For the first four-and-a-half years of European settlement there was no Catholic priest assigned to the colony. The first resident priest, Father William Benson, arrived in 1841. He used temporary places of worship such as John Bentham Neales’ large store and a brewery in Pirie Street.
The first bishop of Adelaide, Dr Francis Murphy, was consecrated in 1844. He is considered the founder and apostle of the Catholic Church in South Australia.
Bishop Murphy arrived in Adelaide in November 1844. Five weeks later he laid the foundation of St Patrick’s School Church, on the corner of Grote Street and West Terrace.
This small church, which was opened on October 5, 1845, was the main centre of Catholic worship in South Australia until the Cathedral Church of St Francis Xavier opened in July 1858. The cathedral then provided for the Catholics of east Adelaide, while those living in the western half of the city continued to worship at St Patrick’s.
By the turn of the century St Patrick’s School Church had become too small for its congregation. Architects Woods and Bagot prepared plans for the new church, a tender of £13,425 was accepted, and the foundation stone was laid on November 10, 1912. An estimated 10,000 people attended the ceremony.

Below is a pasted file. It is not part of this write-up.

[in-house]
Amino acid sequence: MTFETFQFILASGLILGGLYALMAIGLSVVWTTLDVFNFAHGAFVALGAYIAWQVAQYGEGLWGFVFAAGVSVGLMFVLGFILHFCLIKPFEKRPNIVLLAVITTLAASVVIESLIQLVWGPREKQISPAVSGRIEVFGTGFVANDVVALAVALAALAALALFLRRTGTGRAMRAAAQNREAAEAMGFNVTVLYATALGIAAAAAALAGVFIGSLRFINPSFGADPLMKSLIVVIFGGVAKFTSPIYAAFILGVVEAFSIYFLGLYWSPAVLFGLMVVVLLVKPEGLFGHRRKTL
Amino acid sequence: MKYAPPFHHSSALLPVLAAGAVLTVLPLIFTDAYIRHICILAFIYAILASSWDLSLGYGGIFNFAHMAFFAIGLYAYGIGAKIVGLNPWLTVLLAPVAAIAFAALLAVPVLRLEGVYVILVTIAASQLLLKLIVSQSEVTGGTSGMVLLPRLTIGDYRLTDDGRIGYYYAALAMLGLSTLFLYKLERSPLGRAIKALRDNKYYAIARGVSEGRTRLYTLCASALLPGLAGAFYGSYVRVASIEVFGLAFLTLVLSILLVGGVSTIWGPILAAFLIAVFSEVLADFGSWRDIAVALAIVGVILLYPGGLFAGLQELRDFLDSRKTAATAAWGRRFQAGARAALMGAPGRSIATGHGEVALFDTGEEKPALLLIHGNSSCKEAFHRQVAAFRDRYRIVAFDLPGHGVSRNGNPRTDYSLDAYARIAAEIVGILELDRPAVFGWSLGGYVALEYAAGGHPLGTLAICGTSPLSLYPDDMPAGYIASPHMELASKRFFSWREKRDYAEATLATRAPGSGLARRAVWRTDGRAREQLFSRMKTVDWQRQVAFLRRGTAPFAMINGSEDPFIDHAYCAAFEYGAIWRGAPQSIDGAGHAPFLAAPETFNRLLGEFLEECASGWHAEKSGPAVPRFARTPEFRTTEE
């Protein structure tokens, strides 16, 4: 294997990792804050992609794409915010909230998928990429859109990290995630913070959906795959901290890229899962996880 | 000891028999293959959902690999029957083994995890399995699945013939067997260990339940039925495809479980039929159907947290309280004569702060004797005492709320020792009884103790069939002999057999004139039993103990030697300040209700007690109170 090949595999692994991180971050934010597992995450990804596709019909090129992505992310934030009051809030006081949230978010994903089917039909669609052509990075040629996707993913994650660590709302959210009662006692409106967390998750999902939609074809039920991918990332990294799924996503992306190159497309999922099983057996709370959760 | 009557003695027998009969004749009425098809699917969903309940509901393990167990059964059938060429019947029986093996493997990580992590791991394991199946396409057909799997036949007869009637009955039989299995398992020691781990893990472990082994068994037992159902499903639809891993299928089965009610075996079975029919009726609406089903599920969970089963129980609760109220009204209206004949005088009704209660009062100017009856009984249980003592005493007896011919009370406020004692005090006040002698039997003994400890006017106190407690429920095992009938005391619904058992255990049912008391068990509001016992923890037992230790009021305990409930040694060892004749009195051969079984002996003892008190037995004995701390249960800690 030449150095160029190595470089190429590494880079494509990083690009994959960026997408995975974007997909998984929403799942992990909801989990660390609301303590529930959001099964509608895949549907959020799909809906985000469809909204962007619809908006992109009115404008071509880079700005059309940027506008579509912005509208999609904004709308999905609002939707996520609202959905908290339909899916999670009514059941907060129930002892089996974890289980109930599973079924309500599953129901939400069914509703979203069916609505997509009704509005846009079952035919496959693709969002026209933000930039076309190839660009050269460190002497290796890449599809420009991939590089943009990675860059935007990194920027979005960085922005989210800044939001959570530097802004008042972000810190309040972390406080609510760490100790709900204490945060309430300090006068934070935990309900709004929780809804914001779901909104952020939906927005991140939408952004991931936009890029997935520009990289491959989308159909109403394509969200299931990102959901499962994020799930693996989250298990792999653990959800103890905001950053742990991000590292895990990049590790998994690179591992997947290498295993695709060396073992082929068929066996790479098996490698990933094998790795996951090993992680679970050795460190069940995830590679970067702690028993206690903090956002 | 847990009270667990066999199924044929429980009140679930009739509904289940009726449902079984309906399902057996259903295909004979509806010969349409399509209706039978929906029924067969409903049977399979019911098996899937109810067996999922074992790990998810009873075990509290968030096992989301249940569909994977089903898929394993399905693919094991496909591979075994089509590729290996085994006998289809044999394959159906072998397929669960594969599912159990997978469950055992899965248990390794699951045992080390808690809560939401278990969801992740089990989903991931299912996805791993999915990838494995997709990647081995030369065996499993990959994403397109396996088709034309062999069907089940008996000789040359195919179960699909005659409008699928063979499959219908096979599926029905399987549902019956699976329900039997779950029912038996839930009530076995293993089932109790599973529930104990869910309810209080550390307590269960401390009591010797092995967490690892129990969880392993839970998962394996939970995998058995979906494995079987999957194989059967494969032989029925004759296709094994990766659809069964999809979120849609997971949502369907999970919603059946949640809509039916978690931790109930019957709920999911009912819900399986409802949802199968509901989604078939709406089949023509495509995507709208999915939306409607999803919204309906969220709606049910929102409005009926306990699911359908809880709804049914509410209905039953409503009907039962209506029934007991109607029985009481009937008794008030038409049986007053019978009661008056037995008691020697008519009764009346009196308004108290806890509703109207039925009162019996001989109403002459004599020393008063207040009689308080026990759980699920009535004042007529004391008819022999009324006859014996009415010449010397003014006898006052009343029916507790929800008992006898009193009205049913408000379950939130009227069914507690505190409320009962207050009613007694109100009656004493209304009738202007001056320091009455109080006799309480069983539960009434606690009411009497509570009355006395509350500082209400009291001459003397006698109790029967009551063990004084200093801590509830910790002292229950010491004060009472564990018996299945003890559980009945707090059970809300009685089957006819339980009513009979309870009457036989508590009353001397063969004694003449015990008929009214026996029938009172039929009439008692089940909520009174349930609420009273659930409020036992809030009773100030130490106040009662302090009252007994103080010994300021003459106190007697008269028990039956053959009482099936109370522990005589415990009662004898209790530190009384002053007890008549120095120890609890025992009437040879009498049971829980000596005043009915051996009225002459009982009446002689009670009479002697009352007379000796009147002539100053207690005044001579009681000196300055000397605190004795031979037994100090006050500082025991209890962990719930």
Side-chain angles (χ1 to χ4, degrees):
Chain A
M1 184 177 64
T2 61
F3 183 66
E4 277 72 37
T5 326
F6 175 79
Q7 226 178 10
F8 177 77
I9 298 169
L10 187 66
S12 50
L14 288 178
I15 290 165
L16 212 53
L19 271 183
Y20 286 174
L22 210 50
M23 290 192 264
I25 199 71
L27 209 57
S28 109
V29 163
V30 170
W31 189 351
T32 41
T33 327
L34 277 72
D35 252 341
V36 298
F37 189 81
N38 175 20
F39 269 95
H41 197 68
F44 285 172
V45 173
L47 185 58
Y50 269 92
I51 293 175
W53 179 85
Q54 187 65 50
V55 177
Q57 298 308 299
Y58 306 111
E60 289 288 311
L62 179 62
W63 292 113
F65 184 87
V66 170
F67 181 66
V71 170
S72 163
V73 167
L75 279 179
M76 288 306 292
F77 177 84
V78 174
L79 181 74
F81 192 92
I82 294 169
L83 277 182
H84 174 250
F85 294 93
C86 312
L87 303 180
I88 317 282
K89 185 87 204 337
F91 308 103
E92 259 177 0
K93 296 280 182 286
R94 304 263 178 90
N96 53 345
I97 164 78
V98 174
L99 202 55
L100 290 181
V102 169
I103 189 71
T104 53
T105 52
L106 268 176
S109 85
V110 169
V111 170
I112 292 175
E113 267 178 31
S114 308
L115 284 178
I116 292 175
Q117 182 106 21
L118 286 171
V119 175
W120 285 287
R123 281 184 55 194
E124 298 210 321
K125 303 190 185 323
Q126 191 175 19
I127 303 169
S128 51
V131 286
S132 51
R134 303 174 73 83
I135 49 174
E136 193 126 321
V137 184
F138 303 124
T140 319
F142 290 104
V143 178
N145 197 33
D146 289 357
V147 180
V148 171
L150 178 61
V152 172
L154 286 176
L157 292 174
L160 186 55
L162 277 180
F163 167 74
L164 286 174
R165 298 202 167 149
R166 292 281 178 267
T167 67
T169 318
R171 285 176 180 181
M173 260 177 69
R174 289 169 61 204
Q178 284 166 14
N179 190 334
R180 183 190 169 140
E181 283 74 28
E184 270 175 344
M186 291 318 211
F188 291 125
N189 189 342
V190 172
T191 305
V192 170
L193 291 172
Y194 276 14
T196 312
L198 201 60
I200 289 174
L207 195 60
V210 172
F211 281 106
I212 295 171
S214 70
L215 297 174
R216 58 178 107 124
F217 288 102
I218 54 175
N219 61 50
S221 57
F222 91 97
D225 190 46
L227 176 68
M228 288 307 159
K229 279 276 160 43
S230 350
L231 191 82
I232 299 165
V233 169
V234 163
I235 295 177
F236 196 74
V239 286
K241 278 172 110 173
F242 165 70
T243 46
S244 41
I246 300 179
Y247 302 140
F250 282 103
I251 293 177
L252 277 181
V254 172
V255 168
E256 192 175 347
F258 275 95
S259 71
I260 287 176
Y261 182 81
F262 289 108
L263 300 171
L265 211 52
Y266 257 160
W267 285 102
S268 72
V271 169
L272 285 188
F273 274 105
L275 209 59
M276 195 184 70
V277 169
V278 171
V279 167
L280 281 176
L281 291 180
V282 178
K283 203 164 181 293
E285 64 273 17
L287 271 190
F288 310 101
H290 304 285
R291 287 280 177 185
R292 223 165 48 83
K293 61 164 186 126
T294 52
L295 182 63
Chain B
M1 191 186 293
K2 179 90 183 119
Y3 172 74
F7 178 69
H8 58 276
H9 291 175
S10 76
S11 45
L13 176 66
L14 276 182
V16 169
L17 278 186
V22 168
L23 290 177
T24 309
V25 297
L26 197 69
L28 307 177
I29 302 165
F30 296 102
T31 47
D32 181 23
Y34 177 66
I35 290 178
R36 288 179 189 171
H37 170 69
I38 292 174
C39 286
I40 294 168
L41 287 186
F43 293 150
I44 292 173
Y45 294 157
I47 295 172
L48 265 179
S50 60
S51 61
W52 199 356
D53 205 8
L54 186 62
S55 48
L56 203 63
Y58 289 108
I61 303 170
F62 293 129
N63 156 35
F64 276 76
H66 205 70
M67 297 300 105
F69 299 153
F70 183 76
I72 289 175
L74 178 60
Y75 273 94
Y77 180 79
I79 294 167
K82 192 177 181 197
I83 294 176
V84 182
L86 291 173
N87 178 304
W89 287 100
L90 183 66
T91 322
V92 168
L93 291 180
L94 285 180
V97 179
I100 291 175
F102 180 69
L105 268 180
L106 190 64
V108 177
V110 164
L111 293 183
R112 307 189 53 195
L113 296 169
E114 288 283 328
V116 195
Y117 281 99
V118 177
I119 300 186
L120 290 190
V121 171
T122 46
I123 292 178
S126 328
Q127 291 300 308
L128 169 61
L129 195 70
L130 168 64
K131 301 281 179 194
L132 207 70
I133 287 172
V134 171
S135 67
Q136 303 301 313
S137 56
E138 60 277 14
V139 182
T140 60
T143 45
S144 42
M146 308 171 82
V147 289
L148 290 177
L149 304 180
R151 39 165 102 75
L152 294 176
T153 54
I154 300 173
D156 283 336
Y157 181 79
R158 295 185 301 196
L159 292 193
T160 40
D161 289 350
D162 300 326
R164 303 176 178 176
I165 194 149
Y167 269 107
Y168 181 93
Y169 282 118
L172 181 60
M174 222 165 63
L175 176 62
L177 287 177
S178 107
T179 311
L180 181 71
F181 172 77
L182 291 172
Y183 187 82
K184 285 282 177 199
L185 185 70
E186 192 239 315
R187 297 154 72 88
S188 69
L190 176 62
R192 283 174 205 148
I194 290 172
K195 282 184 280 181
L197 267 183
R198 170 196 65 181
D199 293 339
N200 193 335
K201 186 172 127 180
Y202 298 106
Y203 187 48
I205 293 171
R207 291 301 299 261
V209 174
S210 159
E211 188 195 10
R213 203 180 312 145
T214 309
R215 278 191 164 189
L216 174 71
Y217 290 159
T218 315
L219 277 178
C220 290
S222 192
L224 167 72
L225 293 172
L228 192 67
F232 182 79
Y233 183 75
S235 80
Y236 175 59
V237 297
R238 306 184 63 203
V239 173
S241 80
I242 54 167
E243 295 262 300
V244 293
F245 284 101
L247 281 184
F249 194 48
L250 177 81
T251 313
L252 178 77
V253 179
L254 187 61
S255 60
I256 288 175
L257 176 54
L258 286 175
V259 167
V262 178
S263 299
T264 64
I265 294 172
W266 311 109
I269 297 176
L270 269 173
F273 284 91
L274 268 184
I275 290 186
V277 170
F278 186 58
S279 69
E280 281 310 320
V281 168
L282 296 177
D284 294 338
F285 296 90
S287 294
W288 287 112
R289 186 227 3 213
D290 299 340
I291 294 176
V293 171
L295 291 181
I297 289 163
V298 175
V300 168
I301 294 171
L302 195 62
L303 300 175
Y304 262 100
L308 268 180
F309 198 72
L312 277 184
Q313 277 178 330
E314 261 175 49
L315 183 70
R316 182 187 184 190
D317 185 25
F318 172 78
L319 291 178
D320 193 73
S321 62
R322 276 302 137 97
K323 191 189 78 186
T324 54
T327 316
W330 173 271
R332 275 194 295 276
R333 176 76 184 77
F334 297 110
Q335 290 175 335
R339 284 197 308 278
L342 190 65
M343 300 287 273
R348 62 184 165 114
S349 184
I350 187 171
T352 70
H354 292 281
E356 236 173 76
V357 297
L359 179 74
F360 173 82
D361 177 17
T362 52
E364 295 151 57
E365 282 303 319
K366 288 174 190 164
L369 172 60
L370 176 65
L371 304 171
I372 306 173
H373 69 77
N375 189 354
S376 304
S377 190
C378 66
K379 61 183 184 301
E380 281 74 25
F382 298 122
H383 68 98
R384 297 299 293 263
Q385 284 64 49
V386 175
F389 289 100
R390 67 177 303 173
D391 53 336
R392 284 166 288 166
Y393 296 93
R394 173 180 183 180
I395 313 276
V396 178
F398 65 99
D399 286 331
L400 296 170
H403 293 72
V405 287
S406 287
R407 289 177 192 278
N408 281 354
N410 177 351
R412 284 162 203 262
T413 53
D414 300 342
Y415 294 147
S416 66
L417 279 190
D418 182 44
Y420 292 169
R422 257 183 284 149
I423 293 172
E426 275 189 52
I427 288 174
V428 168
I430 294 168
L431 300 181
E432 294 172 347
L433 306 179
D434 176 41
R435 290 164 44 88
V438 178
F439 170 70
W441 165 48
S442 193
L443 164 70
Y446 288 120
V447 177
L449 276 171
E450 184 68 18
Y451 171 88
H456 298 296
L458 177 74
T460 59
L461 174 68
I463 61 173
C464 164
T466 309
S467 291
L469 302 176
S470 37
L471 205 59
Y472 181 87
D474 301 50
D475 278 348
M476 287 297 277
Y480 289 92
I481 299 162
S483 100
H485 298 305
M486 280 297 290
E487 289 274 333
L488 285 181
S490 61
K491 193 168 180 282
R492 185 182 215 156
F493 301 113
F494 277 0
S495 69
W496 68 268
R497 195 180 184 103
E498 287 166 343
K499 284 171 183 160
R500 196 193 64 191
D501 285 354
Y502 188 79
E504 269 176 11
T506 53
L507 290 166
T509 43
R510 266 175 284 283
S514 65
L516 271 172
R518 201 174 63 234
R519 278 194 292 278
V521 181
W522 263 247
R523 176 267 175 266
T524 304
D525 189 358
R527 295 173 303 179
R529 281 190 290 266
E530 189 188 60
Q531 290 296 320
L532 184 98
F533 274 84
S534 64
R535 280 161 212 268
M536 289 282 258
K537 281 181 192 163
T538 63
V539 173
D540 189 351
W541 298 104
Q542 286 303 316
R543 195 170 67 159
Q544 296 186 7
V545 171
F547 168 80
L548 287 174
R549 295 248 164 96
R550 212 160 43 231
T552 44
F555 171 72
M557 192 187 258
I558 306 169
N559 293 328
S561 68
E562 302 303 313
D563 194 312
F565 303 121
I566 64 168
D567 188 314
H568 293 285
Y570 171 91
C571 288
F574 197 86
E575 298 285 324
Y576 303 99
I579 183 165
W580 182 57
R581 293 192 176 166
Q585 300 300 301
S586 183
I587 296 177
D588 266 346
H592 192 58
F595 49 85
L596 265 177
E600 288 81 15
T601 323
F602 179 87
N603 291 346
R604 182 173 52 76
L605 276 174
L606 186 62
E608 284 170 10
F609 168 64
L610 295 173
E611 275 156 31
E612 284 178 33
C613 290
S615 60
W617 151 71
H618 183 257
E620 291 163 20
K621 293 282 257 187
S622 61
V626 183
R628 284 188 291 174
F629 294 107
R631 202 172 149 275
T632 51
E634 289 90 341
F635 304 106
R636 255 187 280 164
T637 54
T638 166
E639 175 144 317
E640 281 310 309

The Catholic newspaper Southern Cross of March 13,1914, described the building as basilican and indicated that the section built was only part of a much larger work. St Patrick’s was dedicated on March 15, 1914.
The Southern Cross said the new church was “probably the most artistic ecclesiastical structure in the State and is in accordance with the best traditions of ecclesiastical architecture. Based on the Church of the Holy Spirit in Florence by Brunelleschi (1428) . . . the design of the front is Italian from a British point of view”. As the church was incomplete, the architects had to improvise, but they could not “ignore the traditions of Sir Christopher Wren and the British School of Renaissance architects”.
The original design included a sacristy and an impressive dome above a section that would have made the church half as long again. This was not carried through as church funds were limited and construction coincided with unsettled times before the outbreak of World War I late in 1914.